We’ll also require the Resque and Resque Scheduler rake task, so we can start our workers with rake:


require 'resque/tasks'
require 'resque/scheduler/tasks'

namespace :resque do
  task :setup do
    require 'resque'
    require 'resque-scheduler'

We can now try to start a worker by running QUEUE=* rake environment resque:work. If everything’s working right, we should be able to see it in the Resque console by running resque-web and visiting If you see “0 of 1 Workers Working”, all’s well. We’ll also need to boot up the scheduler process in a separate process, with rake environment resque:scheduler.

Creating the Mailer

Now we need to give our worker an email to send. Let’s imagine that we want to send a weekly newsletter to keep our users engaged, and drive traffic to our site. We’ll begin by setting up a mailer. Our mailer will take a hash of params that includes an email key.


class UserMailer < ActionMailer::Base
  default from: ''

  def follow_up_email(email)
      to: email,
      subject: 'We hope you are enjoying our app'

We’ll also need to write a template for the mailer to use. To send a valid multi-part email, we would also need create an html version. I’ll leave that part to your imagination.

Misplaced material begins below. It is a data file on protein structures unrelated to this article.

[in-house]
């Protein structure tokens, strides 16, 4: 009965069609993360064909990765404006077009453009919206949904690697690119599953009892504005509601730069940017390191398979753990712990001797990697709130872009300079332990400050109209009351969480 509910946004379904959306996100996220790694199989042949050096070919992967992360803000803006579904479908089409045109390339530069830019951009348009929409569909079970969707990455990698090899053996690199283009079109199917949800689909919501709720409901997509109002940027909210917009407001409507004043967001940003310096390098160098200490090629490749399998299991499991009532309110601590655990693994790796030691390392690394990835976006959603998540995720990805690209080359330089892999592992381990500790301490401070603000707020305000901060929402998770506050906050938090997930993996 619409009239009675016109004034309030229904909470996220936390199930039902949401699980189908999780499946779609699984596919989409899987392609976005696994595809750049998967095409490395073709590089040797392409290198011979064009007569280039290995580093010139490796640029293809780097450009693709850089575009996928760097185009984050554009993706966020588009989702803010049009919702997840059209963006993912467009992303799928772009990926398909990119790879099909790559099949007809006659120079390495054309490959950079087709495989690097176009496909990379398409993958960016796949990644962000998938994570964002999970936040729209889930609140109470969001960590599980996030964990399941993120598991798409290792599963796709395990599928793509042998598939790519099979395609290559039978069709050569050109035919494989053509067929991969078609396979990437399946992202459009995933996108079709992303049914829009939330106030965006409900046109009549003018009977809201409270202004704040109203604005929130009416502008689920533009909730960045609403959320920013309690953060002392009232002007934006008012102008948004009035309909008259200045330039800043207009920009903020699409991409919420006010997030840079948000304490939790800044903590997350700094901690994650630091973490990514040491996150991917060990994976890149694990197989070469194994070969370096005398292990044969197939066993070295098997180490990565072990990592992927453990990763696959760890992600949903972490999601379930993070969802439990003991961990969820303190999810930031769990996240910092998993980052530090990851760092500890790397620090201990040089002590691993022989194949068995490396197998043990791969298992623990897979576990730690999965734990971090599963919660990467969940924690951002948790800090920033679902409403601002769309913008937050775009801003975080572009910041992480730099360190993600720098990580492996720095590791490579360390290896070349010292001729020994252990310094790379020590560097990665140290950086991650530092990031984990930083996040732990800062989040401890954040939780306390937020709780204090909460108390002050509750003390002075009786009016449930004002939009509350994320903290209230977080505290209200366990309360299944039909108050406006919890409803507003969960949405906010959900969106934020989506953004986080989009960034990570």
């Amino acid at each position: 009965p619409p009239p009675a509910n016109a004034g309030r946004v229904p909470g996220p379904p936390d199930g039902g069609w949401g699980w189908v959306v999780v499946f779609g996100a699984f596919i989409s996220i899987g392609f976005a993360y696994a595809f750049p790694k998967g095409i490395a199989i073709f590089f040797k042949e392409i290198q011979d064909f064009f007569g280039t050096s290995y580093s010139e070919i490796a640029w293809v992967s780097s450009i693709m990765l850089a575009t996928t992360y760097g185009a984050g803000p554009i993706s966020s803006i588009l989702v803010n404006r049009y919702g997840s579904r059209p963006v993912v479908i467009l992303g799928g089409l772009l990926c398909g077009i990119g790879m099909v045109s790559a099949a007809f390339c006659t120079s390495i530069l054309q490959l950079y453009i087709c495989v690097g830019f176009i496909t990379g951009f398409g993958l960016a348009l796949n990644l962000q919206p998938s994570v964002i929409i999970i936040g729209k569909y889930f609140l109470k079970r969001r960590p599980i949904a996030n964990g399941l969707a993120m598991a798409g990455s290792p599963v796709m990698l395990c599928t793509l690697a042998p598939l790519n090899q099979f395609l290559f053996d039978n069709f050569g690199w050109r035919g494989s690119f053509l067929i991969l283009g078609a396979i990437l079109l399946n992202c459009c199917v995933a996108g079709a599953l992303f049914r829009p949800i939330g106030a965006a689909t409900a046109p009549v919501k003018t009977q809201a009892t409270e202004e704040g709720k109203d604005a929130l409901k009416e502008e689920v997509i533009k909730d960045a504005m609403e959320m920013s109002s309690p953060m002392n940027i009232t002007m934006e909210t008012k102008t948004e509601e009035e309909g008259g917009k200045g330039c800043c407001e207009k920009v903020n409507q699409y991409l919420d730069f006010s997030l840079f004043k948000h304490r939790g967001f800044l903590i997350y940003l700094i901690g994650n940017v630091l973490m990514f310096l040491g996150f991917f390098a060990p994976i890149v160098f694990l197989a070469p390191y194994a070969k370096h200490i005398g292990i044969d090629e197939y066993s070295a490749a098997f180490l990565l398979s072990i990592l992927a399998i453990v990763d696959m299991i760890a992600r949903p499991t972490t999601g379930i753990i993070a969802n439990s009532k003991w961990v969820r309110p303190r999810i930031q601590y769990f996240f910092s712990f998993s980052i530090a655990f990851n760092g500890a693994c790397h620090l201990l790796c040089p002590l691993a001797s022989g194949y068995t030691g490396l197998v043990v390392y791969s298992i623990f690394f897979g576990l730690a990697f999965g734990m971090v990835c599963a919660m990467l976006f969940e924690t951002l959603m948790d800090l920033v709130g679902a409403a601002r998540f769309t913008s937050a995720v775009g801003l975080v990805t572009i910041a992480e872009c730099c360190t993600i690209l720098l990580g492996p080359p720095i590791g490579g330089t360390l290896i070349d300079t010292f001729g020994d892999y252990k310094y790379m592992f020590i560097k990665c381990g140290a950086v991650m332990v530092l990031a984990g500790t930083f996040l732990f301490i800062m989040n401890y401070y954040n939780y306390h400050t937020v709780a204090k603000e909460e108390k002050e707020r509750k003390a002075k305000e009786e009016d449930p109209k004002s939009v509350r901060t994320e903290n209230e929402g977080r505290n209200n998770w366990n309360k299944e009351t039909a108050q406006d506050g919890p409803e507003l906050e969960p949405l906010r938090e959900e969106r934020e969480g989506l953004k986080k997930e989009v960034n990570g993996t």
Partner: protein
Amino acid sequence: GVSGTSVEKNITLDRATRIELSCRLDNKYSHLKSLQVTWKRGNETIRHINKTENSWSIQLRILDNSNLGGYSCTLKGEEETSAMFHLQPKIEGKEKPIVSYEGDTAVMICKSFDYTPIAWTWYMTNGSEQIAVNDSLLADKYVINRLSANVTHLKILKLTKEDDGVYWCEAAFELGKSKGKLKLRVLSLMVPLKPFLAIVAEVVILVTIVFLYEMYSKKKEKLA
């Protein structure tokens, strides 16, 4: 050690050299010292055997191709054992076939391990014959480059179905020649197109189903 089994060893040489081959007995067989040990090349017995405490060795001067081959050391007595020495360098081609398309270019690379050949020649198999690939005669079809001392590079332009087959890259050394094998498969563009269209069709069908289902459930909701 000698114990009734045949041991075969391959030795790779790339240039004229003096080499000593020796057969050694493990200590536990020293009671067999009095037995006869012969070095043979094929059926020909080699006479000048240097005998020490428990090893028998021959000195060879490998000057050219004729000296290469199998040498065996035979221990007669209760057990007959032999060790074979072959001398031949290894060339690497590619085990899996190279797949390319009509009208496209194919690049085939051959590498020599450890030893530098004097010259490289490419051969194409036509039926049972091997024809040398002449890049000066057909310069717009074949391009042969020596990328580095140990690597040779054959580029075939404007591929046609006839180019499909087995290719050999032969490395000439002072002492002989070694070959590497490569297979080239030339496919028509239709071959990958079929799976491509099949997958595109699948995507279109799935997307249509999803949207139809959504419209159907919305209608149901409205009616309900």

Hey, we saw that you recently signed up for our app.
We hope you're enjoying it!

Creating the Job

Now that we have a working mailer, we’re ready to set up Active Job. We’ll begin by configuring it to use Resque.


ActiveJob::Base.queue_adapter = :resque

With Active Job in place, we can now create the job that the background worker will use to send the email. The conventions for a job include giving it a queue, and defining a perform method.


class FollowUpEmailJob < ActiveJob::Base
  queue_as :email

  def perform(email)

Now when a user signs up, we can set the job to send the email later. Note that the syntax is a little bit different than what is described in the documentation.


class UsersController < ApplicationController
  def new
    @user =

  def create
    @user = User.create(user_params) 10.seconds)
    # redirect somewhere

To make this work, we’ll need some routes and a view template:


Rails.application.routes.draw do